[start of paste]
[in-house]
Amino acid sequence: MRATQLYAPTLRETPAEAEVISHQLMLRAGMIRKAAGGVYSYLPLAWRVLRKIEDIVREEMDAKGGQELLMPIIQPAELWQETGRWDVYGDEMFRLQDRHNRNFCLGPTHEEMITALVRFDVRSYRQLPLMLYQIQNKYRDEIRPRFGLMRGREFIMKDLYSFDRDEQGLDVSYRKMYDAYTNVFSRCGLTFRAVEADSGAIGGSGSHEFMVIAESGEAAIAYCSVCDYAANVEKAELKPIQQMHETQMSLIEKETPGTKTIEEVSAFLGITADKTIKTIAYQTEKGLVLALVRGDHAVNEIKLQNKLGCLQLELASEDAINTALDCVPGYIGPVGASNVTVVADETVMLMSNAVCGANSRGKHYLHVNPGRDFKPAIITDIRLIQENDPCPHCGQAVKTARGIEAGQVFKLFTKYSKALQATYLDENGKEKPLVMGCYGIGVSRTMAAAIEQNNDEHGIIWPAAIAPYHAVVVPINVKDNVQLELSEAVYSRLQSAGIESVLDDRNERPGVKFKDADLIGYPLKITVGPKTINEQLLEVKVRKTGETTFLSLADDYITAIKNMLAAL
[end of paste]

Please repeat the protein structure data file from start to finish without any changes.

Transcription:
[in-house]
Amino acid sequence: MRATQLYAPTLRETPAEAEVISHQLMLRAGMIRKAAGGVYSYLPLAWRVLRKIEDIVREEMDAKGGQELLMPIIQPAELWQETGRWDVYGDEMFRLQDRHNRNFCLGPTHEEMITALVRFDVRSYRQLPLMLYQIQNKYRDEIRPRFGLMRGREFIMKDLYSFDRDEQGLDVSYRKMYDAYTNVFSRCGLTFRAVEADSGAIGGSGSHEFMVIAESGEAAIAYCSVCDYAANVEKAELKPIQQMHETQMSLIEKETPGTKTIEEVSAFLGITADKTIKTIAYQTEKGLVLALVRGDHAVNEIKLQNKLGCLQLELASEDAINTALDCVPGYIGPVGASNVTVVADETVMLMSNAVCGANSRGKHYLHVNPGRDFKPAIITDIRLIQENDPCPHCGQAVKTARGIEAGQVFKLFTKYSKALQATYLDENGKEKPLVMGCYGIGVSRTMAAAIEQNNDEHGIIWPAAIAPYHAVVVPINVKDNVQLELSEAVYSRLQSAGIESVLDDRNERPGVKFKDADLIGYPLKITVGPKTINEQLLEVKVRKTGETTFLSLADDYITAIKNMLAAL